"the works of Miss Burney, Miss Edgeworth, Mrs Barbauld"

Frances (Fanny) Burney (1752-1840) was an English novelist, playwright and diarist. She was self-educated and began writing at the age of ten, publishing four novelsEvelina, Cecilia, Camilla and The Wanderer - , eight plays, one biography and twenty volumes of letters and diaries. During her lifetime her work was very popular – the novels satirise the English aristocracy and were admired for their intelligent observations, comic wit and questioning of more serious issues such as gender roles. After her death, however, she was regarded primarily as a diarist – her lifetime’s journals provide a fascinating historical account. In more recent times, her novels and plays have been more seriously studied again. More information at The Burney Society.

Maria Edgeworth (1768-1849) was an Irish novelist and writer of children’s books. Highly educated, she wrote ten novels, numerous short stories, plays and realist children’s tales, as well as volumes of essays and academic writing on education, social issues, politics and religion. She managed her father’s estate in Ireland for most of her life and kept up a correspondence with learned men, as well as mixing with the Anglo-Irish gentry. In her lifetime, she was a huge commercial success and regarded as the most successful British female novelist after Jane Austen.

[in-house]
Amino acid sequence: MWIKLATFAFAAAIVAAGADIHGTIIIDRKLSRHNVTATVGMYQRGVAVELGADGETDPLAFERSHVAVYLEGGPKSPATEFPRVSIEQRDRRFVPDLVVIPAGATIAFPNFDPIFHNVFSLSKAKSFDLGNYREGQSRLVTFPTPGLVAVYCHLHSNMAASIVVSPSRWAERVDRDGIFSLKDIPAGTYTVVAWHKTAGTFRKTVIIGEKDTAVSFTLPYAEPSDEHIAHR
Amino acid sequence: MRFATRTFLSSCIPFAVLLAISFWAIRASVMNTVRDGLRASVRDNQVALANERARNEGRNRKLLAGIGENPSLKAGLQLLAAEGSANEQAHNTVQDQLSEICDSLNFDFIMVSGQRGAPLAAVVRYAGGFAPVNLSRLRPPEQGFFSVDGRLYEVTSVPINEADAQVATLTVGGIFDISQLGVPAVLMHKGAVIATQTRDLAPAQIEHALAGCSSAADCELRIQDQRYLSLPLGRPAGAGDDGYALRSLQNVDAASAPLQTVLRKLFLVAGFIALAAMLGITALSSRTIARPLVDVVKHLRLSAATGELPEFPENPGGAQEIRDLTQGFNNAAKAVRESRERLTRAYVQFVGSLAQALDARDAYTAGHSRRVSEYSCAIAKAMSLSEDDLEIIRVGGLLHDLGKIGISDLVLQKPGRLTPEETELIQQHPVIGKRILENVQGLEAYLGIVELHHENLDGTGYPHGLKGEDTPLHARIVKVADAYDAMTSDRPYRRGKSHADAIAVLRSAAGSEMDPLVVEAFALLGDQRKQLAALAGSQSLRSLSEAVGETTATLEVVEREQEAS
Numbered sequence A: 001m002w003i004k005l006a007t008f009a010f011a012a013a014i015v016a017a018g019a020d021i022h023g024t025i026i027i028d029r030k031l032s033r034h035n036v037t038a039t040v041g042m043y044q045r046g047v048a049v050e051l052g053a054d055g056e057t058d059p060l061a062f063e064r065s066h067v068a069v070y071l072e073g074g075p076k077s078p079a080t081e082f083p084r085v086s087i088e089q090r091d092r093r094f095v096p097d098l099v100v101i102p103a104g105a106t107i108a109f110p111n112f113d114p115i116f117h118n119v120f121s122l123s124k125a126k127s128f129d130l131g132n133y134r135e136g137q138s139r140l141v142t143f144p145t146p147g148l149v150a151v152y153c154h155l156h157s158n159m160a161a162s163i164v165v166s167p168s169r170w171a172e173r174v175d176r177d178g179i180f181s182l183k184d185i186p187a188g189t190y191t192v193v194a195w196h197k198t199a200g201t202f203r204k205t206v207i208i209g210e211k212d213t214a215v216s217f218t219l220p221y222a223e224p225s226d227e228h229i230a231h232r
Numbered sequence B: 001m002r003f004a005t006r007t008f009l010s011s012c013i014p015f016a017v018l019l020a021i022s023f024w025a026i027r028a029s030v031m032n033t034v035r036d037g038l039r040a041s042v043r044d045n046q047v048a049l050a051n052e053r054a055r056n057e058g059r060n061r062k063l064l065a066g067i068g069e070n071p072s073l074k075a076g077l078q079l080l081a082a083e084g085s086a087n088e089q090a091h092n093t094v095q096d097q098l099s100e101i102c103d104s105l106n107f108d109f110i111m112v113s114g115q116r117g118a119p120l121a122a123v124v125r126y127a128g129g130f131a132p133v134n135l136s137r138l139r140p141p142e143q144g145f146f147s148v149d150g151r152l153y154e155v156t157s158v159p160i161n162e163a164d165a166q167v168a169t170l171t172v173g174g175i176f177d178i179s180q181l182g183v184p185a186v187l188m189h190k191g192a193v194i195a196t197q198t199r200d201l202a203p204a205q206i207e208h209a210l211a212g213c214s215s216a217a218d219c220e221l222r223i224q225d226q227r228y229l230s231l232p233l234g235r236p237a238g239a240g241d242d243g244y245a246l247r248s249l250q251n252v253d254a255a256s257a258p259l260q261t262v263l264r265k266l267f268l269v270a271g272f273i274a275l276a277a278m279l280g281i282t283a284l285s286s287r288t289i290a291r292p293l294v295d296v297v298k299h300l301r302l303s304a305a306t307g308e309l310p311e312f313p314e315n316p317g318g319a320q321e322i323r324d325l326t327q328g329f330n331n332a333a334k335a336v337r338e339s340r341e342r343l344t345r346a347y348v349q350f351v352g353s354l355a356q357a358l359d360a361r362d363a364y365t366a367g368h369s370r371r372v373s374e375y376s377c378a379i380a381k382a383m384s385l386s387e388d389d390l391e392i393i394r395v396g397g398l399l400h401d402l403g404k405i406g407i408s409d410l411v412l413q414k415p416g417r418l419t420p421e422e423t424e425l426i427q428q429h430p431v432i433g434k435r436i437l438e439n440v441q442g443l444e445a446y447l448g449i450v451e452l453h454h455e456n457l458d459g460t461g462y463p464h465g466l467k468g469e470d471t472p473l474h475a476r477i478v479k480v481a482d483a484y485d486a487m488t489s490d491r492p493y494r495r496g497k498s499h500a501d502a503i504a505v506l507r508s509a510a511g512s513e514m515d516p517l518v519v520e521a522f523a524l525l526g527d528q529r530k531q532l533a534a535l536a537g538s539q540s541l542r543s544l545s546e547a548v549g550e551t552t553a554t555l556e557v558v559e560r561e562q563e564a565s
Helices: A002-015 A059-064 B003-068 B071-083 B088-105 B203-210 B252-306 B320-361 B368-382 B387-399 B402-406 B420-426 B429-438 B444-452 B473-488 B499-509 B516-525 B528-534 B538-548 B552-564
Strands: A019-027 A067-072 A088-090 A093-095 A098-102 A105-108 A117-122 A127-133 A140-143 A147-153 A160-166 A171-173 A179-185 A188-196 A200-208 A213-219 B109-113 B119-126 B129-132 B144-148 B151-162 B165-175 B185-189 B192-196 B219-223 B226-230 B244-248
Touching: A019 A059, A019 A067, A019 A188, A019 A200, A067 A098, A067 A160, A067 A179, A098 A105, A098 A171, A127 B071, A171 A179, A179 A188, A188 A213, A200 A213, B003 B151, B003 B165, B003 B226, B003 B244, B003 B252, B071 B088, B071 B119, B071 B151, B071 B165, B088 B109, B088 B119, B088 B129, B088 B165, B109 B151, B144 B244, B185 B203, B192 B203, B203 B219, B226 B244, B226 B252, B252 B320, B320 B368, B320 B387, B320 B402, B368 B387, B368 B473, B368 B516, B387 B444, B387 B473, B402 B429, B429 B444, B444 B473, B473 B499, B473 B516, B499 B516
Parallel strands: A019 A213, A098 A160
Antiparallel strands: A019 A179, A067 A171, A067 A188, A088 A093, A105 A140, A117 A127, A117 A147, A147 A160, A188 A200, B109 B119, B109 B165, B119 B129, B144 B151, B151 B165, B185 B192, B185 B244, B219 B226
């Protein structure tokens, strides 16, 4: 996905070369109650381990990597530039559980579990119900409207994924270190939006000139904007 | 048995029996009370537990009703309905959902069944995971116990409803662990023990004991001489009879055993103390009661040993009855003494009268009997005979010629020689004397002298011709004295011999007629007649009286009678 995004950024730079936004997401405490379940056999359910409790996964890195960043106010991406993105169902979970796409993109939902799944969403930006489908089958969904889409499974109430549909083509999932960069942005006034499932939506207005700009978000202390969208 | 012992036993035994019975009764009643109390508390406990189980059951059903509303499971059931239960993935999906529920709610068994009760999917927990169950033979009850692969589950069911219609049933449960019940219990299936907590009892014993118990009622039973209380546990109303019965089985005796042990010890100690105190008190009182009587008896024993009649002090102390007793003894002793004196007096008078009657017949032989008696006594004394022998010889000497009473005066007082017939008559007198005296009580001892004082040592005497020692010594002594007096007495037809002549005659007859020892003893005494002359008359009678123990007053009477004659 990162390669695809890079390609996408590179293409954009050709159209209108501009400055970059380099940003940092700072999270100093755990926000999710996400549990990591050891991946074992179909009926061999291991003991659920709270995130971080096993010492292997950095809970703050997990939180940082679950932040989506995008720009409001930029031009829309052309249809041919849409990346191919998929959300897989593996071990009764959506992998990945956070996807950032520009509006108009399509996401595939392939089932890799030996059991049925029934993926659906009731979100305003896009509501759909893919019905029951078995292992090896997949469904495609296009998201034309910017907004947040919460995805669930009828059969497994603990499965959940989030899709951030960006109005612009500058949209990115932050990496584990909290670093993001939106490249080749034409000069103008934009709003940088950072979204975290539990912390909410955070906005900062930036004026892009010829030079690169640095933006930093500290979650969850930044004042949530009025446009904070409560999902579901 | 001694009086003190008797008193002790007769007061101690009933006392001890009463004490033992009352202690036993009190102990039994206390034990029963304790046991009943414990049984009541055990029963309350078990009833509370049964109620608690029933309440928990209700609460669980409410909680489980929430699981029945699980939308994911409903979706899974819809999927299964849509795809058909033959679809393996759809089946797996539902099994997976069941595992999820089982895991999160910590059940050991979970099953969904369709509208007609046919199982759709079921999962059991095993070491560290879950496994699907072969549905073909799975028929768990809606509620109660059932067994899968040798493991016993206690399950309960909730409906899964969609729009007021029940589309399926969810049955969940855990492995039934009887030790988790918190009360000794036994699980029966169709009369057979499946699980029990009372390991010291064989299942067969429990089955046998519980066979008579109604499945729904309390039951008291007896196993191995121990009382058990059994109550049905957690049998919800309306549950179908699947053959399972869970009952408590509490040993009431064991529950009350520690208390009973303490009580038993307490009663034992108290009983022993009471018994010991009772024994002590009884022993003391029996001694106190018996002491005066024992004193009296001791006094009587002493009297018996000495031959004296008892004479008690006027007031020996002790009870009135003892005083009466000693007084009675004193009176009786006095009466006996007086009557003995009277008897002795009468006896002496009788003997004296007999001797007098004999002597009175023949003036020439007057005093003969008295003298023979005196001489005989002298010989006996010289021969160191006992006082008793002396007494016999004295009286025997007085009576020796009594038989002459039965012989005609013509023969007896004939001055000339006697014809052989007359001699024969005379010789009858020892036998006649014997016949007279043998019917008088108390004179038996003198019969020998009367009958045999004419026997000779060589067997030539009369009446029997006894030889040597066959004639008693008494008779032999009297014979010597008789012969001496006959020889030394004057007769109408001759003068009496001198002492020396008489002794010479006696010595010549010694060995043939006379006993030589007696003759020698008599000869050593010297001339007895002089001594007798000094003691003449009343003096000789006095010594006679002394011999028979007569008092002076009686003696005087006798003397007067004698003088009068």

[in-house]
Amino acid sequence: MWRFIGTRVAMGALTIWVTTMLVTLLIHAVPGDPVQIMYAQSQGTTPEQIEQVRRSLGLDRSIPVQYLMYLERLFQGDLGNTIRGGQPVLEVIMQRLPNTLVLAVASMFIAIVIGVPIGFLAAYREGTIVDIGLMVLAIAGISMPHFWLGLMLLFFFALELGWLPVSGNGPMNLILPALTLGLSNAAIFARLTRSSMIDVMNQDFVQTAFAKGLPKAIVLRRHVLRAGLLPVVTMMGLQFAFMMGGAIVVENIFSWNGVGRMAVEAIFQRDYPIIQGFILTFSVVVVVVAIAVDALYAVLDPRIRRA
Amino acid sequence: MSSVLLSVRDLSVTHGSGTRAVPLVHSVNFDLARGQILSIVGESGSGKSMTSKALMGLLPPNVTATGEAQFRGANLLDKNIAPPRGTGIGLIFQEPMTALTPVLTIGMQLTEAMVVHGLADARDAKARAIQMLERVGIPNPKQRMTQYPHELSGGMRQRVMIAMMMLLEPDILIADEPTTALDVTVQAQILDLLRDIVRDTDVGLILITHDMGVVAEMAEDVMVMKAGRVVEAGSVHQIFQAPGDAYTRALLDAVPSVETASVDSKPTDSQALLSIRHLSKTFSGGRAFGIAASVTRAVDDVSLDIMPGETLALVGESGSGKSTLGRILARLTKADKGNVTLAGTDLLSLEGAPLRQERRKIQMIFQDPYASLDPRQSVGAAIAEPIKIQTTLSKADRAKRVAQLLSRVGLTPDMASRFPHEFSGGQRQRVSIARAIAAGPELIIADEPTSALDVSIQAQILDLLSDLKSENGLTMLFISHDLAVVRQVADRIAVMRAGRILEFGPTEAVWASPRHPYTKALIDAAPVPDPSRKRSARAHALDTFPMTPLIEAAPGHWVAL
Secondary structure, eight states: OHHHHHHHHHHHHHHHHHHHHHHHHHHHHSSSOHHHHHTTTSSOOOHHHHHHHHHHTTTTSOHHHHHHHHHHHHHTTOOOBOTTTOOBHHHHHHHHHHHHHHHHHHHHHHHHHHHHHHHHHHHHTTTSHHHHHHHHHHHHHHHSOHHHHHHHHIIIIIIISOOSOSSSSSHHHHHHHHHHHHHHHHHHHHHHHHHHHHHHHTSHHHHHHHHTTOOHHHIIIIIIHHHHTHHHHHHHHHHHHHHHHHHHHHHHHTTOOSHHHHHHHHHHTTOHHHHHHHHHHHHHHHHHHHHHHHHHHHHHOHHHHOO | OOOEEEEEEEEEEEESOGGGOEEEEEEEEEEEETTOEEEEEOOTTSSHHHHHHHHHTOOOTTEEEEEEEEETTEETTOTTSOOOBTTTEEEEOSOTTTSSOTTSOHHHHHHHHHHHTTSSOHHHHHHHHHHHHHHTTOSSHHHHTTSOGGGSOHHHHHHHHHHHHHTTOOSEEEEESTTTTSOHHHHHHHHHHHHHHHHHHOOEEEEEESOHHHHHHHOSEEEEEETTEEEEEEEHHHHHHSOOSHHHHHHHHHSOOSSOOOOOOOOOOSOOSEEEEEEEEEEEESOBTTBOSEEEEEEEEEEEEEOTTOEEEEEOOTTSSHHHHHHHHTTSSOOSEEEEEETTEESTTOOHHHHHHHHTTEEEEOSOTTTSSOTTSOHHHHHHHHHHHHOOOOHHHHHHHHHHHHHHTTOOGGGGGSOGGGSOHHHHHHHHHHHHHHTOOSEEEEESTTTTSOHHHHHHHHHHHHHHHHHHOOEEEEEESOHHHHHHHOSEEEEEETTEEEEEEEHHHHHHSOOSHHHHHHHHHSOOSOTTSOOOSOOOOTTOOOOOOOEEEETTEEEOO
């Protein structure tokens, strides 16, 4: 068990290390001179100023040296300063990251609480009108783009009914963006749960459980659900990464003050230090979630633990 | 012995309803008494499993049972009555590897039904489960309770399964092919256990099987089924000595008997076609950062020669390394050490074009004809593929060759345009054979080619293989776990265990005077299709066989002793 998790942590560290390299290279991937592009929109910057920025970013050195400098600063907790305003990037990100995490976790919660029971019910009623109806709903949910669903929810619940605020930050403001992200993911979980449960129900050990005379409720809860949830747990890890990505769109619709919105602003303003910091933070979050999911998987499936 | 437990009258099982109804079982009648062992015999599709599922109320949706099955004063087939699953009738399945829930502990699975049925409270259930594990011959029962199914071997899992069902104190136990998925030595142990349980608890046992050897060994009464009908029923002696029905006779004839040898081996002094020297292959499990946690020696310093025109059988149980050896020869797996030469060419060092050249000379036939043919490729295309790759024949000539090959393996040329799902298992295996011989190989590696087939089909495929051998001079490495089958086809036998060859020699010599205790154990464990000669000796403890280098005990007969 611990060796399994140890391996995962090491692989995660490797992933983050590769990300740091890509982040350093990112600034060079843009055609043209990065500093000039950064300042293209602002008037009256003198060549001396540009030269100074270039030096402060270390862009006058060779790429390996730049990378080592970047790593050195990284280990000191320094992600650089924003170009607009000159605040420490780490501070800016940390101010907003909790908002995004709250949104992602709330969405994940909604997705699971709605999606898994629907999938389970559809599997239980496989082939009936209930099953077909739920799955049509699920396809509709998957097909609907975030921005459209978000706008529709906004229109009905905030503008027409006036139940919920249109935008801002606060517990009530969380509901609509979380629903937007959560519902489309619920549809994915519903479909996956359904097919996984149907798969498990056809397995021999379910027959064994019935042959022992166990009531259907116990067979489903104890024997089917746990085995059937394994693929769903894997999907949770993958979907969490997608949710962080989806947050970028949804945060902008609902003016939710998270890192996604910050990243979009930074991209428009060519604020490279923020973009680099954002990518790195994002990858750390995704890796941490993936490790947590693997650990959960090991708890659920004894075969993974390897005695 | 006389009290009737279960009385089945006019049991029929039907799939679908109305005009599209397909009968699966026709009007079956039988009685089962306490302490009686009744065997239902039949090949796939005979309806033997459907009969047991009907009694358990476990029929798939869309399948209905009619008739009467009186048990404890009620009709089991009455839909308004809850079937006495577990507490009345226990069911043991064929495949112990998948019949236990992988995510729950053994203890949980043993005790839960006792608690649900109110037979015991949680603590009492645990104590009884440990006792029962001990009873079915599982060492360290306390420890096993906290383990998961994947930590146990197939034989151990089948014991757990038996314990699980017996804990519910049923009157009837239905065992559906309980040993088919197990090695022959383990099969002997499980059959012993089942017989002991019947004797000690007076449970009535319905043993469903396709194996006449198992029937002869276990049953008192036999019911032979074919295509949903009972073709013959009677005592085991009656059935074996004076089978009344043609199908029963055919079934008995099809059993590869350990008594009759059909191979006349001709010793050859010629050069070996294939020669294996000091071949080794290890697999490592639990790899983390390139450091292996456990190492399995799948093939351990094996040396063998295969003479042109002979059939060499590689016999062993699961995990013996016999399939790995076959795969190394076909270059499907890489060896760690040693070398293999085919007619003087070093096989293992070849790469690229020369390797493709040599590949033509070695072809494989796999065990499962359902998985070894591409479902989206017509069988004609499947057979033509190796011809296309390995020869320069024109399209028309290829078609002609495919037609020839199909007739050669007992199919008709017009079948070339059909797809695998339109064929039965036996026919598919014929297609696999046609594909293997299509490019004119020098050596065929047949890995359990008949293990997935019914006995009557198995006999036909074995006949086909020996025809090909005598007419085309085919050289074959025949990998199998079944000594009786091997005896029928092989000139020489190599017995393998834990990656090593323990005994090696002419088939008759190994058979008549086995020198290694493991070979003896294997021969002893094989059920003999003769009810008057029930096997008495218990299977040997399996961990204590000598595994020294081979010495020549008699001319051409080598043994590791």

Anna Laetitia Barbauld (1743-1825) was a celebrated English poet, children’s author, essayist, critic and editor. She taught at the Palgrave Academy and was unique for her time in being a professional female writer – her essays on politics, education and social issues influenced many other women writers as well as society as a whole. Her first book of poems was published in 1773 and was an immediate success, and her fame continued until 1812 when her poem Eighteen Hundred and Eleven, highly critical of Britain’s role in the Napoleonic wars, provoked a public outcry and ended her career. Despite having helped to found the Romantic movement, many poets also turned against her and she was disregarded until the late 20th century when feminist literary criticism restored interest in her work.